Opponent Defies Characterization On Sentinel

Metalcore as a genre type is a word that means everything and nothing simultaneously. At one time it referred the combination of elements from extreme metal with hardcore/punk, especially the breakdowns. Bands that typified this style of music includes At The Gates, Zao, and Converge in the 90’s and Avenged Sevenfold, As I Lay Dying, and Killswitch Engage in the 2000’s.

But as the broad genre of metal continues to expand, it seems any band that doesn’t easily fit into a clearly defined style (deathcore, black metal, thrash) gets labeled as “metalcore.” It’s like when your mom would call any band that has screaming in it “screamo” without understanding what that meant.

Enter Opponent, the newest band signed to Solid State Records. SSR is a label known for some of most important bands in metalcore in the 2010’s including August Burns Red, The Devil Wears Prada, and Haste the Day.

Some label Opponent as metalcore. This is an unfair modicum that doesn’t capture the scope of their sophomore album Sentinel. For one, there are no breakdowns on the album. There’s really no hardcore element at all. Secondly, the vocals are rarely ‘melodic.’ Guitarist and vocalist Andy Maier will occasionally interject cleaner vocals, but those too still have a roughness that is more similar to Joe Duplantier of Gojira or Troy Sanders of Mastodon than Shane Blay of Oh, Sleeper or Josh Gilbert of As I Lay Dying.

Even the comparisons to Ryan Clark and Demon Hunter (which I think have more to do with Ryan Clark discovering them than any musical resemblance) are not entirely appropriate, as Clark has a very distinctive melodic clean vocal presence.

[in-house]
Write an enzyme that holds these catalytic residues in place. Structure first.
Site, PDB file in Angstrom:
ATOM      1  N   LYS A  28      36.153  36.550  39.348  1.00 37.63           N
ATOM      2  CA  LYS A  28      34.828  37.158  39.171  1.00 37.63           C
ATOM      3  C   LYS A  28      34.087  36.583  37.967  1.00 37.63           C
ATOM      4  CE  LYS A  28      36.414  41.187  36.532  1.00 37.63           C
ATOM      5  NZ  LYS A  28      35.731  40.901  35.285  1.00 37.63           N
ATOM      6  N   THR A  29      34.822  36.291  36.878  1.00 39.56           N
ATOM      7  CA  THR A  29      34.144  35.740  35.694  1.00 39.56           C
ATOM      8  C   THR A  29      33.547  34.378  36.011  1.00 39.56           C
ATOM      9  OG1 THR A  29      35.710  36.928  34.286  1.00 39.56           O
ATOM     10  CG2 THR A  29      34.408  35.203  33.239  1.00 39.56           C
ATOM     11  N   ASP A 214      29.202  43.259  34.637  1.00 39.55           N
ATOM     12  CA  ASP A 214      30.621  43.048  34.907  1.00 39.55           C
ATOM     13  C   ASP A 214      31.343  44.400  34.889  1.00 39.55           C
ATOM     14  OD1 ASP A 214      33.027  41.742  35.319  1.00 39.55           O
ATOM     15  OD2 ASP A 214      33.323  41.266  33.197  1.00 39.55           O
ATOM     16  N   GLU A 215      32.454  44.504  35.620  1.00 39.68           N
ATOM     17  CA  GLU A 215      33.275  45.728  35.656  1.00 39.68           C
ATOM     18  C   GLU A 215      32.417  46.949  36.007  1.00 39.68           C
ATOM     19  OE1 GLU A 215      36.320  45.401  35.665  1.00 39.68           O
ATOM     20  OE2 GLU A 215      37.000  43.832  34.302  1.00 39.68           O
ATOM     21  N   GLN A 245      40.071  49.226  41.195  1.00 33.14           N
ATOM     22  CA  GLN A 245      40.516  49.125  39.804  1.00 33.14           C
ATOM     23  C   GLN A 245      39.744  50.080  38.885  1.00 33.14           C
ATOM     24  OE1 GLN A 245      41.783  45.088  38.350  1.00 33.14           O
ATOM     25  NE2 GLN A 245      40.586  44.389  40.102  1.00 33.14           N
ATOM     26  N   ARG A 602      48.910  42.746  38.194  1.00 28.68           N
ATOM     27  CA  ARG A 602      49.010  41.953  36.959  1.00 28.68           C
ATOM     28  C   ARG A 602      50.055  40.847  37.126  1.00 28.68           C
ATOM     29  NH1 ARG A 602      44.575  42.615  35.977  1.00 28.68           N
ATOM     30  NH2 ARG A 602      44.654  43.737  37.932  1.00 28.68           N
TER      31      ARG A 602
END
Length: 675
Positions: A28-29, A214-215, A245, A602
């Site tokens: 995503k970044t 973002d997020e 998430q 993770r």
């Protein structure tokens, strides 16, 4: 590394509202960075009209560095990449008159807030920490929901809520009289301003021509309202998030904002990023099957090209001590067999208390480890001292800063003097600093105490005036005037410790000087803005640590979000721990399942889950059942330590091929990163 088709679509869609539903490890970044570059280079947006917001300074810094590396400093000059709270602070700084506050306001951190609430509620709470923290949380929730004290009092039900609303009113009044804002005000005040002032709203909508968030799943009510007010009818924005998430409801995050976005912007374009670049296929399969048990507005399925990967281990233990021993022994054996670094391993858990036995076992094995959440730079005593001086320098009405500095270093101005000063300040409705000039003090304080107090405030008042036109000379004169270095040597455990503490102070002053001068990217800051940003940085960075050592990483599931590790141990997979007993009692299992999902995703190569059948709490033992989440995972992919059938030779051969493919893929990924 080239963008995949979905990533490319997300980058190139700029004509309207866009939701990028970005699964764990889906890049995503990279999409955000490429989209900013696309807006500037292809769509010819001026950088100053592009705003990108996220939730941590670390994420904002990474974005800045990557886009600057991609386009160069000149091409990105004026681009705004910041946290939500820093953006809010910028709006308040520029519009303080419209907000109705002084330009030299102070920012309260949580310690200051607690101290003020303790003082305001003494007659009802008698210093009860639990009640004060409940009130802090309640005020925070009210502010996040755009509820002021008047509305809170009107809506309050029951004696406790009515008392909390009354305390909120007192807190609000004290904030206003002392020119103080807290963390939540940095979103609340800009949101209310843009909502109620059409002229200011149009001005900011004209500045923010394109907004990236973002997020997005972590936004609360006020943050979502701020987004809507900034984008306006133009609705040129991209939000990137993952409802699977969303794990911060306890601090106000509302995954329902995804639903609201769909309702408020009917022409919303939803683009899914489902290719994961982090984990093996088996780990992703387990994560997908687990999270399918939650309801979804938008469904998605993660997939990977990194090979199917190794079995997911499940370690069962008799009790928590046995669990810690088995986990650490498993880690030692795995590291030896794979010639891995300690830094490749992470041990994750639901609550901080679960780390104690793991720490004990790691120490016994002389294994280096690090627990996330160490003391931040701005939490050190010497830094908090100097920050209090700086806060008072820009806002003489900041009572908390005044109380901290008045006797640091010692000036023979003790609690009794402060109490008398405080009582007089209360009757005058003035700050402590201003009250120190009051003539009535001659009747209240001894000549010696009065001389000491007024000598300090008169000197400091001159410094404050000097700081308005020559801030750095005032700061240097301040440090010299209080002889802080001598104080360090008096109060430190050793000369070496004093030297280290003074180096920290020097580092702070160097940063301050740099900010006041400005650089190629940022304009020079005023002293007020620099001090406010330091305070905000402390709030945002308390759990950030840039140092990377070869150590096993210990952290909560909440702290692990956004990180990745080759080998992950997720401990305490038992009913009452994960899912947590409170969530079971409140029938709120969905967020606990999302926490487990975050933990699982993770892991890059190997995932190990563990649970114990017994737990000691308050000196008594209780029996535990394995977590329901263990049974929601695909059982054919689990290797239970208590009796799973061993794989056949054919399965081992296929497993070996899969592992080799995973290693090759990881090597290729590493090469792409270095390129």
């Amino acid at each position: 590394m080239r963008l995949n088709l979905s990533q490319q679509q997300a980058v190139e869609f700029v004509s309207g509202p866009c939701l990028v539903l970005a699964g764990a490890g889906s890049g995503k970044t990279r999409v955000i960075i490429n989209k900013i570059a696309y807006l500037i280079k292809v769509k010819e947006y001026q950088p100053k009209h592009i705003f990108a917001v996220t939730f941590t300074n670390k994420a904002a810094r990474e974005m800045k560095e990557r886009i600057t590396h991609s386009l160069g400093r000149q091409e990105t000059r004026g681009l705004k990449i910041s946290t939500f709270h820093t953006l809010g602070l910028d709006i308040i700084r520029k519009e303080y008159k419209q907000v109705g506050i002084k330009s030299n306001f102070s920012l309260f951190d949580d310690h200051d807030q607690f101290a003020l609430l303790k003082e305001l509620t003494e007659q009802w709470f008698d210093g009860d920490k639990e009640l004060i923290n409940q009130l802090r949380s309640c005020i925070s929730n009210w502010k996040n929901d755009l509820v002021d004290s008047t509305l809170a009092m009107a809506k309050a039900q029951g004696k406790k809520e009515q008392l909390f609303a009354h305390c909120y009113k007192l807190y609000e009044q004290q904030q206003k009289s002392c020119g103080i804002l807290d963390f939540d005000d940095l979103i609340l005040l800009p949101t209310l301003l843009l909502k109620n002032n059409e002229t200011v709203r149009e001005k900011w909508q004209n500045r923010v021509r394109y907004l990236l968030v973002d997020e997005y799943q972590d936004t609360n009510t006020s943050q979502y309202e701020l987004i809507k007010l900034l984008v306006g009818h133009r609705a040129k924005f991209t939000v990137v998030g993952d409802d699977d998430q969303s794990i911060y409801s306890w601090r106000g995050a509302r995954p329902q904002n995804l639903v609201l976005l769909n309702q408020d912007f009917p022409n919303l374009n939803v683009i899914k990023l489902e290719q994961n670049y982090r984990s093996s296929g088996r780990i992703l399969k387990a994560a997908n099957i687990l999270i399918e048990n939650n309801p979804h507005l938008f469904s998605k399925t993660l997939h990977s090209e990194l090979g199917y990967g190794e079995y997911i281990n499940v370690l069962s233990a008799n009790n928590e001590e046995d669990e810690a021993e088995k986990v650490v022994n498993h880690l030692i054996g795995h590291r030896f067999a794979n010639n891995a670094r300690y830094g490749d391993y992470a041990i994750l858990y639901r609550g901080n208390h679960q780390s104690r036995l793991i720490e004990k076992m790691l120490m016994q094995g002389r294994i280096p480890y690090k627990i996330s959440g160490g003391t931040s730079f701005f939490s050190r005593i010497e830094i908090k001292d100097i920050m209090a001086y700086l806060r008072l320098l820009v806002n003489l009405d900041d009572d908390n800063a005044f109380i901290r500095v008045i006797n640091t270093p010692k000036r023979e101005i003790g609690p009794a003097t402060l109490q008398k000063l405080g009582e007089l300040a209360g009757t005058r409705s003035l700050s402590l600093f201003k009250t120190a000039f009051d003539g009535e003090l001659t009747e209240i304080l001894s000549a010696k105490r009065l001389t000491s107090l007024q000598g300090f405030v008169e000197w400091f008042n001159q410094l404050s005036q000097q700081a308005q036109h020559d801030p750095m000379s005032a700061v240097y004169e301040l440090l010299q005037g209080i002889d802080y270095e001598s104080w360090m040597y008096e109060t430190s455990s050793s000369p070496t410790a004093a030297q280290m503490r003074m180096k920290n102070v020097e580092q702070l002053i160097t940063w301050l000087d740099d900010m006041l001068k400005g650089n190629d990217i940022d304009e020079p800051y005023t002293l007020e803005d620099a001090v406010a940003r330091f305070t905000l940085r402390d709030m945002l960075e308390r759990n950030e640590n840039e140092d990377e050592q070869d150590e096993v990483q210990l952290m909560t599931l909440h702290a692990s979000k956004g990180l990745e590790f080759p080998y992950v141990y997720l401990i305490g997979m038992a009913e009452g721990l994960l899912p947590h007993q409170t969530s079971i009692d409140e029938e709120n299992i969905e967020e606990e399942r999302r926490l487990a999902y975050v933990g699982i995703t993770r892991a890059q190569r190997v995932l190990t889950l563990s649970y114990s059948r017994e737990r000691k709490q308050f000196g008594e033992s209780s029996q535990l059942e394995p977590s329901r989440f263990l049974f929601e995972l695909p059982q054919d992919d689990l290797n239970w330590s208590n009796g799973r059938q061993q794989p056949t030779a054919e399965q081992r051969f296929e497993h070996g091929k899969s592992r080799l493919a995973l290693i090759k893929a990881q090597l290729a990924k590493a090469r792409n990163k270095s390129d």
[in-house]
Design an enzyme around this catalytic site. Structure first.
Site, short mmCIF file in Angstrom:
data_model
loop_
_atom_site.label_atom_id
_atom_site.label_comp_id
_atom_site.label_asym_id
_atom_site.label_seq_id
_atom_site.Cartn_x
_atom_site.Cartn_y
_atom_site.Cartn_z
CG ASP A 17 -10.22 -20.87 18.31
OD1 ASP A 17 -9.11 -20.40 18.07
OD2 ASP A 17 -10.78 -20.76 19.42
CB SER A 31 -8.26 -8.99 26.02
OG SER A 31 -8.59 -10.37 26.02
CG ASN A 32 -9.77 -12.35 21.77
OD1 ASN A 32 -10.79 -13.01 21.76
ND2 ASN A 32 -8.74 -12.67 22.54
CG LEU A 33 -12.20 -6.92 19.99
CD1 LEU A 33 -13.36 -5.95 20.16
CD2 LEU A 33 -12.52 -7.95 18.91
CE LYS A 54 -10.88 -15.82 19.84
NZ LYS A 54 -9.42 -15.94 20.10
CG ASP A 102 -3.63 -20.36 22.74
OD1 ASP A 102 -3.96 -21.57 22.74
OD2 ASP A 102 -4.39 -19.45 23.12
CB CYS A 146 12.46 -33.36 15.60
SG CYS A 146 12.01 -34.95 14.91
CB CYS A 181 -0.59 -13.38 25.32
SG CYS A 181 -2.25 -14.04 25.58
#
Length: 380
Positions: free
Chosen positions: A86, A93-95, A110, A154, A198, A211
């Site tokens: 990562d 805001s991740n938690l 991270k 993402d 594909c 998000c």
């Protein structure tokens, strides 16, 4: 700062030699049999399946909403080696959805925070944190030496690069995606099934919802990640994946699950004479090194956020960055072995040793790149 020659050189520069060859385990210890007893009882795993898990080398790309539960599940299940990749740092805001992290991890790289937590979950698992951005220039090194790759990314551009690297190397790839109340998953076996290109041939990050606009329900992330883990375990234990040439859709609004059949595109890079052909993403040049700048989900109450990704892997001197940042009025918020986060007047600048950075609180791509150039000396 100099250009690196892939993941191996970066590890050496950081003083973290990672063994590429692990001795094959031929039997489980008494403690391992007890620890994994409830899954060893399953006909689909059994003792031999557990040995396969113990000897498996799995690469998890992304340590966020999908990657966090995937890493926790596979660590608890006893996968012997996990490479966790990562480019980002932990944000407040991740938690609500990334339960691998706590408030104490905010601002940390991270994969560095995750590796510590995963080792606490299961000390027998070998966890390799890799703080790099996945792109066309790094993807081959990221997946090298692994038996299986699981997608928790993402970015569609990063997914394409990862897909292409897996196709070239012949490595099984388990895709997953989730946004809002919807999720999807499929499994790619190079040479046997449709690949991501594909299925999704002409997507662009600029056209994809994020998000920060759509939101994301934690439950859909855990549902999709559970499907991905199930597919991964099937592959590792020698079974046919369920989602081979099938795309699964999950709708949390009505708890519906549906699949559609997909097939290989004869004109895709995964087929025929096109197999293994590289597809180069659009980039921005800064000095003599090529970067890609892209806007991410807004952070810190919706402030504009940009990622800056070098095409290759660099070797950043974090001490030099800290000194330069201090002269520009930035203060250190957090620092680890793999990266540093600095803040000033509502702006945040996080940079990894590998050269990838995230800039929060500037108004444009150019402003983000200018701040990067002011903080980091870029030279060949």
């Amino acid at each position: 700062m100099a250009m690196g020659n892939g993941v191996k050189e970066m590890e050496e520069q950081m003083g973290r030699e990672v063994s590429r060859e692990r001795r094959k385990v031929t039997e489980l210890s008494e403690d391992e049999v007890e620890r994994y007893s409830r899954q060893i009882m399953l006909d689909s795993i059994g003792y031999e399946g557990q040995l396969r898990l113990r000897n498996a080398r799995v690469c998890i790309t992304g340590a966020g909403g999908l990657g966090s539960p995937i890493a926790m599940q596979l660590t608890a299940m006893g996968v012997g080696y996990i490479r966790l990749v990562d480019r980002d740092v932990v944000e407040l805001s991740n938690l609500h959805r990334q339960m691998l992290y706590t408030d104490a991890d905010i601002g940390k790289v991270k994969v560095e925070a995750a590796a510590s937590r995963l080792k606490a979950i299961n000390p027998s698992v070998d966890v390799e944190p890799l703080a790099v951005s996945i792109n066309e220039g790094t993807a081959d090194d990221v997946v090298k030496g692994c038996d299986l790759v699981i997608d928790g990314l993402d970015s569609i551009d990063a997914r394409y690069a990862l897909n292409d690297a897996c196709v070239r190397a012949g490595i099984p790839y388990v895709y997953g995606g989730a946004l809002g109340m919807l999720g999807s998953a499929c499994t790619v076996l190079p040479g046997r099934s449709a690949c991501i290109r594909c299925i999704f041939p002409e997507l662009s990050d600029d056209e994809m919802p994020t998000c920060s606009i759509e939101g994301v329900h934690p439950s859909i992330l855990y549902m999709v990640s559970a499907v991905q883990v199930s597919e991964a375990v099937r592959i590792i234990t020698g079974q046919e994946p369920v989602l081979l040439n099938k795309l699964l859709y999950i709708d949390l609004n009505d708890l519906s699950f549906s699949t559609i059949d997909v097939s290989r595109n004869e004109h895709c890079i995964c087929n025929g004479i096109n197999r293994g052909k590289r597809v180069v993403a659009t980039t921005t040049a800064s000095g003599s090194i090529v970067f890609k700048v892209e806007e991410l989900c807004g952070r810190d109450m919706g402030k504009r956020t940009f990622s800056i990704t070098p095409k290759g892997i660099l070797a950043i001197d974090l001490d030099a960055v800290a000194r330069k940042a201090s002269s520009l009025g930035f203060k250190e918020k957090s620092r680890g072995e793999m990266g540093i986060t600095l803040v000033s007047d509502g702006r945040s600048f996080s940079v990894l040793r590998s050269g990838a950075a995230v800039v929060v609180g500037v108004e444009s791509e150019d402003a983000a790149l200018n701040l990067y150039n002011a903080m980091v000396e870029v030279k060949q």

I say all of that to say this; if you approach Sentinel because you expect another generic metalcore album, or avoid it altogether, you will be seriously missing out on a great record. So, what can you expect from Sentinel? First, you can expect a very tight performance. As a three-piece, Opponent plays with cohesion and precision. Their sound is full. Secondly, you can expect to hear a variety of metal influences. The earlier part of the record has a polished, modern thrashy sound with elements of groove metal. Maeir can not only riff for days, but he’s also a skilled lead guitarist. Opponent is full of blistering solos that hearken back to 80’s Kirk Hammett.

The second half of the record takes a turn towards progressive death metal. “Shadows” and “Rival” employ atmospheric guitar tapping. These create a wicked combination with the harsh/clean vocals and death metal growls. Again, this all sounds more like Gojira than Demon Hunter. The drum and bass are exceptionally percussive and groovy.  And the final track “Remember” has a pummeling, djenty riff that closes out the album with perfect brutality.

If you are not thrilled with some of the flagship Solid State bands experimenting with lighter sounds (we’re looking at you TDWP), then Opponent is not to be missed. Follow them on Instagram, catch them on tour this Fall with Demon Hunter, and stream Sentinel HERE.

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